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Wayne Williams is so passionate about creating safer communities, that he works with the organisation Safer North. Originally from Cromwell, Wayne now resides in Silverdale with his family but his work takes him all across the North Shore. He’s a keen sailor, sportsman, businessman, uni student and coach and enjoys spending time with his children and grandchildren. Wayne tells Channel Magazine about what Safer North is all about and why he continues to do community-based work.
Courtney Bennett: Explain to readers what Safer North Community Trust is all about…
Wayne Williams: Safer North is Auckland North's Injury Prevention and Safe Community Coalition. We promote various injury prevention activities because when an injury is prevented, we have a safer community. Our work includes Child Safety, Road Safety, Suicide Prevention, Fall Injury Prevention, Crime Prevention, Water Safety, Family, Sexual and Domestic Violence prevention, Youth Distracted Driving Safety, Alcohol Abuse and Home Safety. We have a Board of Trustees that include different elements of our community, including Education, Council, Police, Local Boards, Health, School Board of Trustees, ACC, Water Safety and Youth Work. We are mostly supported by funding from the Ministry of Health, Lotteries and Council.
CB: Why are you involved with the Safer North Community Trust?
WW: As a sportsman I was often struck by injury and became very familiar with repair and recovery. I had hands-on experience that was transferable to this injury prevention environment. I know what it's like to have two shoulder reconstructions, dislocations, knee surgery, total ankle replacement, concussion and have friends and family also experience injury trauma. What family isn't subject to serious injury at some stage? I suggest very few.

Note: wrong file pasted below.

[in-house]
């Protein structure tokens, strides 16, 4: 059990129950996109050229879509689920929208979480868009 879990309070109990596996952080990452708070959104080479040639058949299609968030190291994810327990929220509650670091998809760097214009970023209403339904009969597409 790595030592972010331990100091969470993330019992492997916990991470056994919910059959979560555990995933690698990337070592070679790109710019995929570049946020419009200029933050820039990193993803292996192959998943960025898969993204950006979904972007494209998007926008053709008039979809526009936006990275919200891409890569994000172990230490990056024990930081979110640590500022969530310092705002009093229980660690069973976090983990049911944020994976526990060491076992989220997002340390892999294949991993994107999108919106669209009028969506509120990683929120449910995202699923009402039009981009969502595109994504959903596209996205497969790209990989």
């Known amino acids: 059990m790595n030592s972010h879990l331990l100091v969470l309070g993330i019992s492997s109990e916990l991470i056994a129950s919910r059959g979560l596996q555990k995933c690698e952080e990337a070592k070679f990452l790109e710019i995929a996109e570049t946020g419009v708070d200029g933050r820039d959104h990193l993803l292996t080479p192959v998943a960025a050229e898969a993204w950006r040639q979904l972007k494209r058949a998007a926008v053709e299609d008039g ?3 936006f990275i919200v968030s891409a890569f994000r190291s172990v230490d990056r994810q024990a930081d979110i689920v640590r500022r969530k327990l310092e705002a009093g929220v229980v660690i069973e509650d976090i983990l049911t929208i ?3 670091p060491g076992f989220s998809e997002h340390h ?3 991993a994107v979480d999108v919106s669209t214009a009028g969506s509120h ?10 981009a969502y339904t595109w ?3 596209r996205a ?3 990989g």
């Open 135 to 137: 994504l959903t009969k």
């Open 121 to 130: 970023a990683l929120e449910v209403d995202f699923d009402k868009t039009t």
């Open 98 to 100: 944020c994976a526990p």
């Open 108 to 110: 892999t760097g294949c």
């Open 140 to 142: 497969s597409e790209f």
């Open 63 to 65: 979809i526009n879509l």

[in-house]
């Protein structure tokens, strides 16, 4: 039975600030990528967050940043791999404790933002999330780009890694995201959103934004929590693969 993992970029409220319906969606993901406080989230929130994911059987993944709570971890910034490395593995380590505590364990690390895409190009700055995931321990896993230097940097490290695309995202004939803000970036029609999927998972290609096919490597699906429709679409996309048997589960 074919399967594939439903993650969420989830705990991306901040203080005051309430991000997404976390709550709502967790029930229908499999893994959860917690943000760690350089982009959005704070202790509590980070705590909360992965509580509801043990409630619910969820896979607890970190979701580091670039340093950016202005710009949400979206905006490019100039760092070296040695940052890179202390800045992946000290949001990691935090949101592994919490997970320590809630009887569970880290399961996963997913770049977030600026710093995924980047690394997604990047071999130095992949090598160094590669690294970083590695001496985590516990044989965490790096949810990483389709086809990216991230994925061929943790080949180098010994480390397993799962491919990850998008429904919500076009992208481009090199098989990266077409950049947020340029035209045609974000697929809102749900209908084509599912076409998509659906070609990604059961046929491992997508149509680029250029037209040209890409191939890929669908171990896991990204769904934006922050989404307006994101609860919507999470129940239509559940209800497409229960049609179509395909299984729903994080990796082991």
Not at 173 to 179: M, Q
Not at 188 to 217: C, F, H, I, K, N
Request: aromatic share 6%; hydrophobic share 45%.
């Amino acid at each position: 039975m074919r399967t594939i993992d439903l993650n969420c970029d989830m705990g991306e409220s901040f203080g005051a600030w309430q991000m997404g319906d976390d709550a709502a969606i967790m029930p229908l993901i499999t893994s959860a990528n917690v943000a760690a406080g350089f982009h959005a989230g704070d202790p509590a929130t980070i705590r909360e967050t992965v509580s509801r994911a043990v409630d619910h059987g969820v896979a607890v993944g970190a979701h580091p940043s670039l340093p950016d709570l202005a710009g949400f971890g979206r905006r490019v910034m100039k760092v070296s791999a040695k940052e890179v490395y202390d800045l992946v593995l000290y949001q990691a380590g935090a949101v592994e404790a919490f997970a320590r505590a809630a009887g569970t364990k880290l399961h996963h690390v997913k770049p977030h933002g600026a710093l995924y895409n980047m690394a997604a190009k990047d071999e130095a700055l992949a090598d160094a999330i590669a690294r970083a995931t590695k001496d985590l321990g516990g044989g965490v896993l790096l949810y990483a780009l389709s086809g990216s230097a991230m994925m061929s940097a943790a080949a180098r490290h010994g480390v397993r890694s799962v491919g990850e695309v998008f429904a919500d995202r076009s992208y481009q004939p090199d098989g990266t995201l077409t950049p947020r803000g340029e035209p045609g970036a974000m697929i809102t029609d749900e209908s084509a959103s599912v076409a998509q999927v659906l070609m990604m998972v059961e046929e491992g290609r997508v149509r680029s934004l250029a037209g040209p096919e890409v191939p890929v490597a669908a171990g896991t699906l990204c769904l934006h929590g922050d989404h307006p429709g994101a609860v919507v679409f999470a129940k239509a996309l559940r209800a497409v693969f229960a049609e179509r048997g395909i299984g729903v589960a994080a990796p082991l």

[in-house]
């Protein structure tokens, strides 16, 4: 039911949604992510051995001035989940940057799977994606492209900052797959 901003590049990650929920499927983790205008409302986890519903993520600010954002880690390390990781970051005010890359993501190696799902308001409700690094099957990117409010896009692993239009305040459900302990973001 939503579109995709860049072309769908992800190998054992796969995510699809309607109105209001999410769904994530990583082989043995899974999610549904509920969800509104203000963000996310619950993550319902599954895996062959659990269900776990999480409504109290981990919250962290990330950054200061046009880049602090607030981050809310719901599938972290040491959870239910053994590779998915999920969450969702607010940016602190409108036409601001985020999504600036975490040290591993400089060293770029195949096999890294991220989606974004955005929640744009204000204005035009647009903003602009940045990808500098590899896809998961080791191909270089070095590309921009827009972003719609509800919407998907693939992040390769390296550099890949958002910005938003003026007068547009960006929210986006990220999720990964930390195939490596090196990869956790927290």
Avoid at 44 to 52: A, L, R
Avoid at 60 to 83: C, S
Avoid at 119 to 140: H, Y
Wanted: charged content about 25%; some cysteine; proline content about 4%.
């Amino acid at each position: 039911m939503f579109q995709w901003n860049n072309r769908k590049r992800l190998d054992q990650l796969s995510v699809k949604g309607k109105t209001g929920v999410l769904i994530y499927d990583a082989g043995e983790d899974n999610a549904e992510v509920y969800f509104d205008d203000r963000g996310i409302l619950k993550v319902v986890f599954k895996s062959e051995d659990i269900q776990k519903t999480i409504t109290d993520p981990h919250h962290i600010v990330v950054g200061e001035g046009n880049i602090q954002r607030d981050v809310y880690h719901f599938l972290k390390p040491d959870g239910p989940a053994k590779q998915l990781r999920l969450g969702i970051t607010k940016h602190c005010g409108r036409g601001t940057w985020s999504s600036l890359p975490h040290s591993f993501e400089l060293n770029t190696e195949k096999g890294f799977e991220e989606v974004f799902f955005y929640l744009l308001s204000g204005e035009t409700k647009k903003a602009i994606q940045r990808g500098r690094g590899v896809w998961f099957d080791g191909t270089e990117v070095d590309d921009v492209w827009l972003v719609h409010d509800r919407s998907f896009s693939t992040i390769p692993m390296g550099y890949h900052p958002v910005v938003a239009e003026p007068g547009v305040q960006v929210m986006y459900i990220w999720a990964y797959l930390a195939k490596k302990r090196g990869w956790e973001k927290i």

CB: Have you always been involved in the community?
WW: I grew up in a family where my dad and mum were very community-minded. Dad was involved in many organisations where everything was done by groups of volunteers, including running the biggest one day A & P Show in New Zealand. My community involvement was mostly centered on sports clubs - coaching junior athletics, girls' netball, ski club management, children's golf director, surf lifesaving club parent assist, golf club executive and resident's association planning committee.
CB: What does a typical day look like for you?
WW: Much of my work time is unfortunately desk bound so it is nice to out in the community when projects are occurring. I meet with various agencies and community groups to assist with their issues or programmes. One current project is to make the over-congested safety zone outside the Target Road School safer. This involves Safer North, Auckland Transport, Council, Police, School, Students and the school's Board of Trustees.
CB: What’s the best part about working for a local organisation?
WW: I like the fact that you can often see the results quickly. Knowing that you have influenced many people, for example young parents about child seat restraint safety in motor vehicles or employers about anti-bullying measures, is a great feeling. You get to interface with the people that are also local and come to understand their situations, issues and suggestions.
CB: What other community groups or charitable organisations do you admire and why?
WW: I admire those that work with youth at risk. I'm a Trust Board Member of the Hibiscus Youth Centre and I see great work that they do every day involving youth. For them it is about fostering leadership, self esteem, empowerment and family strengths. They run a suicide prevention programme and crime prevention modules also. It's about turning youth into capable young adults with a direction ahead.
CB: What do you like most about your local community?
WW: My new community is considered young. Most of my neighbours have been here for less than 10 years. I do, however, consider Auckland North as my community, which as we know, has four Local Boards and 300,00 population. It's one large community which is able to share what it has. The quality of the community will determine the quality of new migrants, new businesses, workers, facilities, investments, schools and transports systems.
CB: Anything you feel we could do better as a community?
WW: We really do need to nurture safety in our lives. We Kiwis are very good at spending on new tools and later reading the instruction safety manual after the injury. Like many charitable organisations, we are wanting to do much more but are restricted by the funding available. Key projects subject to obtaining additional funding are new initiatives focused on falls prevention for the over 60's, family, sexual and domestic violence reduction and distracted driving. I believe these are all very important and, if properly addressed, will have a large impact on our whole community of Auckland North.
CB: In my next life, I am going to come back as…
WW: A retriever that can live to 100 years, mostly injury free.
Channel Magazine: Issuu 60 November 2015